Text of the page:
Transmitting information of an object behind the obstacle to infinity.

Xu BB, Jiang WX, Meng LL, Cui TJ - Sci Rep (2015)

Illustration of transformed Luneburg lens.(a) When an obstacle is placed on the front of the eye, we cannot see anything behind the obstacle. (b) When the obstacle is enclosed by a dielectric lens, the things behind the obstacle can be observed. (c) Physical space. (d) Virtual space.
© Copyright Policy - open-access
Related In: Results  -  Collection

License
Show All Figures
getmorefigures.php?uid=PMC4536636&req=5

f1: Illustration of transformed Luneburg lens.(a) When an obstacle is placed on the front of the eye, we cannot see anything behind the obstacle. (b) When the obstacle is enclosed by a dielectric lens, the things behind the obstacle can be observed. (c) Physical space. (d) Virtual space.
Mentions: In real life, people may wonder whether we can see something behind an obstacle. Apparently, the answer is no, as shown in Fig. 1(a). However, if the obstacle is enclosed by a dielectric lens as illustrated in Fig. 1(b), things may happen in the other way. To make the object behind an obstacle visible, we take advantage of the super properties of inhomogeneous and anisotropic metamaterials to design a transformed lens, the principle of which can be found in Fig. 1(c,d). In the physical space, a metallic cylinder is enclosed by a transformed lens as shown in Fig. 1(c). Waves will be reflected once they access the surface of the metallic cylinder. However, when the metallic cylinder is enclosed by a circular-ring lens with inner radius r1 and outer radius r2, we expect that the waves will be guided and then propagate around the metallic cylinder. To design such a functional device by using the technique of transformation optics, an inhomogeneous cylindrical lens, Luneburg lens, exists in the virtual space, as shown in Fig. 1(d). Assume the distance between the center and focal point is af (namely the focal length). Then the material parameter of the lens with radius r2 is described as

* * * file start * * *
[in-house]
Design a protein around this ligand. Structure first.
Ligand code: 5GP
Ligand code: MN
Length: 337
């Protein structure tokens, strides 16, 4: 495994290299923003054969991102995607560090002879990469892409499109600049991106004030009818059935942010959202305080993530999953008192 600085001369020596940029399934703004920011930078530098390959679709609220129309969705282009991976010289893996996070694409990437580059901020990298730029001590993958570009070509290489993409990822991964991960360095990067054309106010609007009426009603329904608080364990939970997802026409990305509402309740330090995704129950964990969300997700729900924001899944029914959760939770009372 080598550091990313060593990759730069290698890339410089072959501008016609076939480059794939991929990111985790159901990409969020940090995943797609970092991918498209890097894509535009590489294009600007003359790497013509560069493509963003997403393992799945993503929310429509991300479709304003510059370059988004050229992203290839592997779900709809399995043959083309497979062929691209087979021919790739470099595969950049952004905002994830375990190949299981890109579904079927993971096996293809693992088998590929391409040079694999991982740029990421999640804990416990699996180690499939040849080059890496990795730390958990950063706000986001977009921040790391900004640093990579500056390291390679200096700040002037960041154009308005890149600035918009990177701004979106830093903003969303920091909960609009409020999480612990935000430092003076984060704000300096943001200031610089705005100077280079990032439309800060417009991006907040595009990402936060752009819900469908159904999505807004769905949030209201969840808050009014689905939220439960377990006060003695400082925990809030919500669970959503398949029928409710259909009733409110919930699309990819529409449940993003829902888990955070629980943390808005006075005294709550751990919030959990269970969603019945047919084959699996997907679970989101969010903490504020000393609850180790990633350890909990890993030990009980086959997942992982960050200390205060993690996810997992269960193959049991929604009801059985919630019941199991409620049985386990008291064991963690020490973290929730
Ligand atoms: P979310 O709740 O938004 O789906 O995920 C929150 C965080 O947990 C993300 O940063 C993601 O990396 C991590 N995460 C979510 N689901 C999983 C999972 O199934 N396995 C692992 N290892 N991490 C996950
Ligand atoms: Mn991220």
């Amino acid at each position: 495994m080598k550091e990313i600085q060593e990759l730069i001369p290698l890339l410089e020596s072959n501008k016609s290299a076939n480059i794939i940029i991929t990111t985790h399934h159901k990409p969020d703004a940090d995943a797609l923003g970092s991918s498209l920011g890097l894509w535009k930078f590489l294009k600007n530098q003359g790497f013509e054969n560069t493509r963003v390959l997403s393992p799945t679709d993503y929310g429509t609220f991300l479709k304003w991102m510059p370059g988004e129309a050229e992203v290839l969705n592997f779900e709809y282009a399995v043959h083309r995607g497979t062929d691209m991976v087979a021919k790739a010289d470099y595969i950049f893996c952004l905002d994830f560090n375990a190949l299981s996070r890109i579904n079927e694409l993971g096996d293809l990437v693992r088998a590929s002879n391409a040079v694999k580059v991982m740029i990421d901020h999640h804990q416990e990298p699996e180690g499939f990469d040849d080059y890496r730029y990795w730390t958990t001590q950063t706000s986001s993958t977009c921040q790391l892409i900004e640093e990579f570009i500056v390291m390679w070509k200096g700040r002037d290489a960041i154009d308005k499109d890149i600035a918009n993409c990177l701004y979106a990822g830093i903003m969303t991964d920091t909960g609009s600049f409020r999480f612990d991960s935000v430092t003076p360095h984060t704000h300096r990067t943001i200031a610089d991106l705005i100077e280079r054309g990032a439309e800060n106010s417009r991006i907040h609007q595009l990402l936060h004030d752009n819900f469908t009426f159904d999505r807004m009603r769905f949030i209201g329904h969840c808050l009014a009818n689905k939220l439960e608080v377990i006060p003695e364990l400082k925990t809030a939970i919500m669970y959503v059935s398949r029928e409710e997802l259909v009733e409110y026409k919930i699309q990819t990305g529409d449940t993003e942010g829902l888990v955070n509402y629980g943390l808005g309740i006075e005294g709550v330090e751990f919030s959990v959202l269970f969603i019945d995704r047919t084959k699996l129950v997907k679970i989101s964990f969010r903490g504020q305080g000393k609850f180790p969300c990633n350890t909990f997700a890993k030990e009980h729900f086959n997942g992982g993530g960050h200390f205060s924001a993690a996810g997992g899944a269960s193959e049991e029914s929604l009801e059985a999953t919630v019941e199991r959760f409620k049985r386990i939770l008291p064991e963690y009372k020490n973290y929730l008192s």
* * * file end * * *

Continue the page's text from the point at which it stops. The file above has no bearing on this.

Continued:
Bottom Line: We propose an illusion device that transforms a metallic cylinder into a Luneburg lens by using transformation optics.In order to realize the required-anisotropic parameters with high permittivity and low permeability, we design embedded split-ring resonators (SRRs) to increase the permittivity of the traditional SRR structures.In experiments, we fabricate and measure the transformed lens, and the tested results agree well with the numerical simulations and theoretical predictions.

View Article: PubMed Central - PubMed

Affiliation: State Key Laboratory of Millimeter Waves, Department of Radio Engineering, Southeast University, Nanjing 210096, China.

ABSTRACT
We propose an illusion device that transforms a metallic cylinder into a Luneburg lens by using transformation optics. Such a transformed focusing lens guides electromagnetic waves to propagate around the central metallic cylinder smoothly and be focused on one spot, and thus the information of an object behind the obstacle can be transmitted to infinity. In order to realize the required-anisotropic parameters with high permittivity and low permeability, we design embedded split-ring resonators (SRRs) to increase the permittivity of the traditional SRR structures. In experiments, we fabricate and measure the transformed lens, and the tested results agree well with the numerical simulations and theoretical predictions. The proposed transformation lens can mimic some properties of Einstein gravitational lens because their wave propagation behaviors are very similar.

No MeSH data available.


Related in: MedlinePlus